By Brigitte L. Nacos
However short the “businesslike” and “very constructive” meeting between Secretary of State Condoleezza Rice and her Syrian counterpart Walid al-Moallem at the side of an international conference on Iraq in the Egyptian resort Harm El-Sheikh happened to be, it was hopefully a positive change in the administration’s stubborn refusal to have direct contacts with adversaries, most of all Iran and Syria. Indeed, talking to your foes in order to gain first-hand knowledge of their thinking is far more important than interacting with your friends whose positions you are familiar with. Taking to your enemies does not mean giving in to their unacceptable demands but rather searching for common ground, for common concerns and common interests. As the Iraq situation shows day-in and day-out, even a superpower cannot do without soft power approaches—most of all diplomacy. Syria’s ambassador asked Dr. Rice reportedly that the United States ambassador to Syria returns to Damascus. The ambassador was withdrawn after the assassination of former Lebanese prime minister al-Hariri because of Syria’s alleged involvement in his killing. The return to full diplomatic relations would allow ongoing contacts between Syrian and American officials. Even in days before the meeting in Egypt and an anticipated meeting between Rice and al-Moallem, there were reports of Syria making efforts to stem the flow of terrorists crossing its borders into Iraq. So, why not trying for more cooperation to improve the situation in Iraq and, eventually perhaps, to solve other problems in the region?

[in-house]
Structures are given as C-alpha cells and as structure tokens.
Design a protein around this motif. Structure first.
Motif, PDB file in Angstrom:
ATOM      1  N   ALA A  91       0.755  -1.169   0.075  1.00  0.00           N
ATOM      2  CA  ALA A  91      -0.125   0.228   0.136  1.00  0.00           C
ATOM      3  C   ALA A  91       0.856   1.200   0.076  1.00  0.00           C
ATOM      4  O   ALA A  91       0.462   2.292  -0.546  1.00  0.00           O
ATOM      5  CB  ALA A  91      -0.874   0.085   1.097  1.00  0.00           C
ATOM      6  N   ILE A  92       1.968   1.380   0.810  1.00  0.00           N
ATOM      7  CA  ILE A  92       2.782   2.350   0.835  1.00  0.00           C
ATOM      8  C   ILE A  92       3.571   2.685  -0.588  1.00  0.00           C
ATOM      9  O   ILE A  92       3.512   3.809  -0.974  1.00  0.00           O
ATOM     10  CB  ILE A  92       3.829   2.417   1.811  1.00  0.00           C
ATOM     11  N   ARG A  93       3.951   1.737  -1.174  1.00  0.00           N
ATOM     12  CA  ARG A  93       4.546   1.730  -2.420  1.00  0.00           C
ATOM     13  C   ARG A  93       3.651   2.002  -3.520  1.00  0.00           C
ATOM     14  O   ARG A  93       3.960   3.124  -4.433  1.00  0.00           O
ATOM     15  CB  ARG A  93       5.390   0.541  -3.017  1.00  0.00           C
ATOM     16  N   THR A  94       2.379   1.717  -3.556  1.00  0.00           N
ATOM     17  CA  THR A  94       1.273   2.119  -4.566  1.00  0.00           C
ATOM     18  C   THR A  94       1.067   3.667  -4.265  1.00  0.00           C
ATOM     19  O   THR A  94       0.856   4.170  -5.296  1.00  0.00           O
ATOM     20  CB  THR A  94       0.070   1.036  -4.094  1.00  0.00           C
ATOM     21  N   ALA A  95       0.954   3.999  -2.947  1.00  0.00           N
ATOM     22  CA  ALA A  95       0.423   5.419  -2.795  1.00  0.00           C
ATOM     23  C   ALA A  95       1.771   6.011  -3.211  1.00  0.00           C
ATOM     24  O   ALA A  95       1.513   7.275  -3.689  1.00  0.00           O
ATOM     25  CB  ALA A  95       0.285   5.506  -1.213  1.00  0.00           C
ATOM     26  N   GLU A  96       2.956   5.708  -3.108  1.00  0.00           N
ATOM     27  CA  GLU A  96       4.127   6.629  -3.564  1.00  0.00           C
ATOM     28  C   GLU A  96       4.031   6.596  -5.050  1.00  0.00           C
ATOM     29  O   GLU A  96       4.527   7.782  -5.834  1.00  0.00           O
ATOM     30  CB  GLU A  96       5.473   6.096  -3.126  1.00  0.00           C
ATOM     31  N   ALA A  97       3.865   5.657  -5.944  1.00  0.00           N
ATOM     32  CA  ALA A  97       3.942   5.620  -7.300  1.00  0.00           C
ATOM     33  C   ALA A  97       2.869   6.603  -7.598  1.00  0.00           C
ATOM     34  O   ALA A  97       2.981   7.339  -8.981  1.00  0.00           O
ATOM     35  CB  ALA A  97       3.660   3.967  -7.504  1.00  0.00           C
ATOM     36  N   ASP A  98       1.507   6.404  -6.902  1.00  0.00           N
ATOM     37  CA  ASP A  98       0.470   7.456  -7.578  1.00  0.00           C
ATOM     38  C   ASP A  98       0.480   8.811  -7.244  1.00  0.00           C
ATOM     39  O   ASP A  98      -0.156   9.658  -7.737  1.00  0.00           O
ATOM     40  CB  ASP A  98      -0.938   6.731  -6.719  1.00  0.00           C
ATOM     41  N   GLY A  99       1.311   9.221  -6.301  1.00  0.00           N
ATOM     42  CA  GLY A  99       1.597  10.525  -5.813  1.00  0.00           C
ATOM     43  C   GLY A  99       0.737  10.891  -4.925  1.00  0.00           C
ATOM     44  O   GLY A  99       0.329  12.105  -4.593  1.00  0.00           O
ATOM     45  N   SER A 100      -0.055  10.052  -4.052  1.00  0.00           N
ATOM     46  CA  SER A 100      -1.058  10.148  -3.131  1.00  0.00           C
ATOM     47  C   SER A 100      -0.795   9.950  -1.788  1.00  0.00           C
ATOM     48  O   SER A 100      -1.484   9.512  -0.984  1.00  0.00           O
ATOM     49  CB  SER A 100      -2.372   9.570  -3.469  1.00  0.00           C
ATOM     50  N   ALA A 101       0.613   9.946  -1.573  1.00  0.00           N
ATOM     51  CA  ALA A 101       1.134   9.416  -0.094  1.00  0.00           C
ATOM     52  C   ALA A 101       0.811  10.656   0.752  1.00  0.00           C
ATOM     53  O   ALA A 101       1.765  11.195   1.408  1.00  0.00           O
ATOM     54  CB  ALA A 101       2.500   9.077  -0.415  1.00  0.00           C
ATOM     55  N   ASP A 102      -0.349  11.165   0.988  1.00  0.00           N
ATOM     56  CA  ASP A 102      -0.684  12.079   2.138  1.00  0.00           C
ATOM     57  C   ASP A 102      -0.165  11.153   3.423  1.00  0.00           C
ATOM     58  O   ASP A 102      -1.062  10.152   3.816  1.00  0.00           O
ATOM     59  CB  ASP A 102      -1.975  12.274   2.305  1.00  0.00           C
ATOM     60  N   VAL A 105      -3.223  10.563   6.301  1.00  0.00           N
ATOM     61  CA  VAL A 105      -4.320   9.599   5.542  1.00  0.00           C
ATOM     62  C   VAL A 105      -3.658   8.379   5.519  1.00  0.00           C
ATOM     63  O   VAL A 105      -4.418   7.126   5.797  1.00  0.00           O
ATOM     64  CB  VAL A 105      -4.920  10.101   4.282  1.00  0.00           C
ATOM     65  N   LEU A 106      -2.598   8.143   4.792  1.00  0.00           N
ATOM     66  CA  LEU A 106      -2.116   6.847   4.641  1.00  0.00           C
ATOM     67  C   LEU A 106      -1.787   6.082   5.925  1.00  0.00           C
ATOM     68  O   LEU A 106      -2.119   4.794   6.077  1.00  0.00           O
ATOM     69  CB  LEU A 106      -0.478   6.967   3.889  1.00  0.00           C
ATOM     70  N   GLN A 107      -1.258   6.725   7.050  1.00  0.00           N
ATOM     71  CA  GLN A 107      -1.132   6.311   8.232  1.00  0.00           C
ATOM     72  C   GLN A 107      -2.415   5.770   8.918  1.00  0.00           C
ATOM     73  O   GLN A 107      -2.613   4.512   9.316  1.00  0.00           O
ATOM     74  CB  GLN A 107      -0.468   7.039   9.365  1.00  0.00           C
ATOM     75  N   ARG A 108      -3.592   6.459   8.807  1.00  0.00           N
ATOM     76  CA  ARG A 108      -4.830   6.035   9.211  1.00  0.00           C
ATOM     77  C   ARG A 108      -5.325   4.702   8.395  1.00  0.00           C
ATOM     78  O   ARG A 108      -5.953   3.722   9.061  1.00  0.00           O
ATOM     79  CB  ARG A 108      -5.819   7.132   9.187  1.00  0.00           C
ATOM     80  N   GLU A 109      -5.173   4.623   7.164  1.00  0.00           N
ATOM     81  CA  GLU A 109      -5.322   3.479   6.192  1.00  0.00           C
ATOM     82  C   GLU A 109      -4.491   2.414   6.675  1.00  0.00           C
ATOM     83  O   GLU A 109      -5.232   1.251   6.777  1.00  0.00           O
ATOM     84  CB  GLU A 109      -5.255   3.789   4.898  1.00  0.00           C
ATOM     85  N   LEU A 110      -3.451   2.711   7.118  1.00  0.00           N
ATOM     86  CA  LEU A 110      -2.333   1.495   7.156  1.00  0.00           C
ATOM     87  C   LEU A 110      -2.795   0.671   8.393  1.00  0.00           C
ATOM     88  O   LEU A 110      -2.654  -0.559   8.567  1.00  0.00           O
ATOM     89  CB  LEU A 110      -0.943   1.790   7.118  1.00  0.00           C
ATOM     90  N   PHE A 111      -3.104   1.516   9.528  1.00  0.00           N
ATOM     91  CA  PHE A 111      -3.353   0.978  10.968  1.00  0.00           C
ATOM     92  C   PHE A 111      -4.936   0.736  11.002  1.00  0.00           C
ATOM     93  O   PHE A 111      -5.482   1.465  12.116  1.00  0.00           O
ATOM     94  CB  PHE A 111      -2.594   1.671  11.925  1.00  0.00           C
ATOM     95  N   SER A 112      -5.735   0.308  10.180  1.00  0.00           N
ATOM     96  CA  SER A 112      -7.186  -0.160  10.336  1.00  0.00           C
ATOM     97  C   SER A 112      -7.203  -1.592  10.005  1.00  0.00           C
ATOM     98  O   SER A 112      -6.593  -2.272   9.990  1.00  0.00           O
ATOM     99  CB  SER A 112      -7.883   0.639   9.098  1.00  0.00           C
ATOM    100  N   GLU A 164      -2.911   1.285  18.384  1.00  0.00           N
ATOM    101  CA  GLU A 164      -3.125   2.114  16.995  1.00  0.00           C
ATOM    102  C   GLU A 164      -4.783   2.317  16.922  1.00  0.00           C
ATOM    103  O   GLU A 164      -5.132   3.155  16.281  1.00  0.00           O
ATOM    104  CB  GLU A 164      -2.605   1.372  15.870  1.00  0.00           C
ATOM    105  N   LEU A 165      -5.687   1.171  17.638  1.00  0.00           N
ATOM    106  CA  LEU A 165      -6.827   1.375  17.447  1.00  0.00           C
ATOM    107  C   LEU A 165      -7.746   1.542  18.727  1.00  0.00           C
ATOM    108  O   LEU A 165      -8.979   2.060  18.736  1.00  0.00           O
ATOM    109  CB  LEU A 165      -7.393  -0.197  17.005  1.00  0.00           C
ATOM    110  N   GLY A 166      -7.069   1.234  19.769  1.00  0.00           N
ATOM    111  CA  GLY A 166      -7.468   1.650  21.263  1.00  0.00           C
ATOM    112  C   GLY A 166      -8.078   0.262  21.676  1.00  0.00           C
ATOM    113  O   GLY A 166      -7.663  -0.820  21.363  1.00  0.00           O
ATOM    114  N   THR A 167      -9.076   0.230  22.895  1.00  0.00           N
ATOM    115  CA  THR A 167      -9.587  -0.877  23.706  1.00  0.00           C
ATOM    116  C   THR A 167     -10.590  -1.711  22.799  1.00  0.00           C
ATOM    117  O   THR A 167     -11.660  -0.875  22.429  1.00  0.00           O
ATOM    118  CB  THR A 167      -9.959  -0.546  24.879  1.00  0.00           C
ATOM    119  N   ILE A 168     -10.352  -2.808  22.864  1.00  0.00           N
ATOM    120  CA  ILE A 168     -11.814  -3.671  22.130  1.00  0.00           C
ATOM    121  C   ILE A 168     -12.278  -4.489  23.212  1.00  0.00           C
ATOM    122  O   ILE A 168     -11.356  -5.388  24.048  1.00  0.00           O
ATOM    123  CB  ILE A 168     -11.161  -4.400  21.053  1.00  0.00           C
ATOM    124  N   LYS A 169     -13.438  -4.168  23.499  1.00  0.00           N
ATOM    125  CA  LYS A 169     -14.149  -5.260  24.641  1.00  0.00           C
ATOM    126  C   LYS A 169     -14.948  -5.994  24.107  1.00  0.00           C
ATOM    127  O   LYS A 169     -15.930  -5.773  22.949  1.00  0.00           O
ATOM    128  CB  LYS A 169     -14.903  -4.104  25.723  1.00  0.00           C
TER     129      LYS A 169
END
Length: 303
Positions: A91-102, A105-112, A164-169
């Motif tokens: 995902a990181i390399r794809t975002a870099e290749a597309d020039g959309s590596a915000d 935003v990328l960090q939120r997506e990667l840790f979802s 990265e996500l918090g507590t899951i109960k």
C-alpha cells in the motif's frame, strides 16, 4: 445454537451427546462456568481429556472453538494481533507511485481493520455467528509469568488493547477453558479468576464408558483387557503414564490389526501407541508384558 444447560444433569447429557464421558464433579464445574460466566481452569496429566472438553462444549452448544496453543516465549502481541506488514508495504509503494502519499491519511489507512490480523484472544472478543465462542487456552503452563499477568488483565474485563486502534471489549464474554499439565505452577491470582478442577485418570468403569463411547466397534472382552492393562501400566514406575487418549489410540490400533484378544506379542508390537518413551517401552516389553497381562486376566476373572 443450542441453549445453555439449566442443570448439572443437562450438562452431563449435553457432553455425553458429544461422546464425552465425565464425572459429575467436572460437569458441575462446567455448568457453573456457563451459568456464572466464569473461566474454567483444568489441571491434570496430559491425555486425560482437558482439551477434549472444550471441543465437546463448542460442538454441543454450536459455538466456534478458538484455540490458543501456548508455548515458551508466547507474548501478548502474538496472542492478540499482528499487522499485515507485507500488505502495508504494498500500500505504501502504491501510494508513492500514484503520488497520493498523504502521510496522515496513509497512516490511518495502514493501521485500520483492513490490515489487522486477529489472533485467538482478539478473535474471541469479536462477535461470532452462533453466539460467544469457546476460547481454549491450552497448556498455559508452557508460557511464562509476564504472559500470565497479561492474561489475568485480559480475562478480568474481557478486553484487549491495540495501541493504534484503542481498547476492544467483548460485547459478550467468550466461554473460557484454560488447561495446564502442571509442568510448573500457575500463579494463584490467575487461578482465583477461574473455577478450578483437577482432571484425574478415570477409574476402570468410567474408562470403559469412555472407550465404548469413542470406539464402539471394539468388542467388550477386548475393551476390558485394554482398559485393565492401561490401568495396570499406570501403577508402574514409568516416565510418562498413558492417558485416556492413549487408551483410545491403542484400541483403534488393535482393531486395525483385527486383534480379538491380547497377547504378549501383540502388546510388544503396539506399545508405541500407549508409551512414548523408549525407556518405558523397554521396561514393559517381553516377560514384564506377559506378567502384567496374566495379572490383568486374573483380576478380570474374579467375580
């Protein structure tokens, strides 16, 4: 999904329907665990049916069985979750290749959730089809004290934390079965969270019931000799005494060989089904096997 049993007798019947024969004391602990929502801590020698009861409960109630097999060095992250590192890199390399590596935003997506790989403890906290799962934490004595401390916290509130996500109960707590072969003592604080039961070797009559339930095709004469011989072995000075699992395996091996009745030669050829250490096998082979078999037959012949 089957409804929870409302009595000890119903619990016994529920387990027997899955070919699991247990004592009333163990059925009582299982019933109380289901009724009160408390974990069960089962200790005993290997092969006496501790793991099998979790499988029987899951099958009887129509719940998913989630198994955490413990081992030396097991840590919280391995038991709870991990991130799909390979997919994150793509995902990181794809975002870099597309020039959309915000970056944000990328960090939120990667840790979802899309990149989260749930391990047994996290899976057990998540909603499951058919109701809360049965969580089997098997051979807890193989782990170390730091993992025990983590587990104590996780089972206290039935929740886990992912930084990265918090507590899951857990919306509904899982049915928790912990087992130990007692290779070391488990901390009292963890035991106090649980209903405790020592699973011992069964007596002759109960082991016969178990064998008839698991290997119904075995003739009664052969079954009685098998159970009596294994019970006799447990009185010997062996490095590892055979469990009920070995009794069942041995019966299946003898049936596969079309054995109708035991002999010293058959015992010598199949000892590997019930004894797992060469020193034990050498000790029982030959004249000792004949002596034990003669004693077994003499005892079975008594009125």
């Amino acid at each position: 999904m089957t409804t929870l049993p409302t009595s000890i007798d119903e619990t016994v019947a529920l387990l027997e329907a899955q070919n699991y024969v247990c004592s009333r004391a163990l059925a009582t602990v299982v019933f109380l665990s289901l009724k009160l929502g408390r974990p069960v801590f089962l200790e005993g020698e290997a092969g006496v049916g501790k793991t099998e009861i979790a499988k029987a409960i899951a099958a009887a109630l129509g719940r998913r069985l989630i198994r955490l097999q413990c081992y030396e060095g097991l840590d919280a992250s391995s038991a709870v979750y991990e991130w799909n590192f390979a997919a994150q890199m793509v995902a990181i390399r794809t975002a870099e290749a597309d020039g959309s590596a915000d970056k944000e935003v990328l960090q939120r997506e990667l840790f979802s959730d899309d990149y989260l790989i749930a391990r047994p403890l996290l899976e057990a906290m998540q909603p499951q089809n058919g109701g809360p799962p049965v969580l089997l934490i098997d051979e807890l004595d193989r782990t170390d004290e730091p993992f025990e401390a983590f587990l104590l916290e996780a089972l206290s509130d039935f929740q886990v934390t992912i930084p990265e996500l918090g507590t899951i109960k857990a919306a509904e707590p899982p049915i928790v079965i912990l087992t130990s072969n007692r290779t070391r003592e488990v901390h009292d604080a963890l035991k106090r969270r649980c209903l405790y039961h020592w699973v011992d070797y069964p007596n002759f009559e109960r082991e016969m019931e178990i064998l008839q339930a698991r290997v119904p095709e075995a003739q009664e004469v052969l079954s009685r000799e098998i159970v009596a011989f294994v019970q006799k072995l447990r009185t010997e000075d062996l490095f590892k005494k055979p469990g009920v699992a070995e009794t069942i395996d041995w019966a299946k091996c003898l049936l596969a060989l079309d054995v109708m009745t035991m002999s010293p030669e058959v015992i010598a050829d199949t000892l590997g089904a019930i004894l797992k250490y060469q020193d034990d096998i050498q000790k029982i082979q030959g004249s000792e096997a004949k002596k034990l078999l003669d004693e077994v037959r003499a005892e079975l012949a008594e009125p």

With the exception of Dr. Paul, who obviously marches to his
own drummer, all of the Republican contenders for the presidency revealed
themselves as hawkish in the so-called war on terrorism, approved of the Iraq
war (although not with the execution of the post-invasion phase) and several of
them, including Senator McCain, seemed to threaten military actions against a
nuclear Iran. But what is needed now is to engage in American-Iranian
direct contacts starting with discussions on Iraq and moving on to a host of other problems,
among them Iran’s support for Hezbollah and other terrorist organizations in
the region and, of course, its nuclear program. Again, nobody would expect
either side to forget the deep-seated differences and ill-feelings in a sudden
love fest but both parties would be better off to talk directly to their
adversaries in search of common concerns and possible solutions.
As much as one would hope that Dr. Rice’s meeting with Syria’s foreign minister and the short encounter between the U.S. ambassador to Iraq and a senior Iranian official at Harl El-Sheikh signaled a moving away from the neo-conservative reliance on hard power and their distaste for soft power, it does not bode well that the guardian of neo-conservative ideology, Vice President Cheney, is visiting the Middle East next week with stops in Egypt, Jordan, Saudi Arabia and the United Arab Emirates.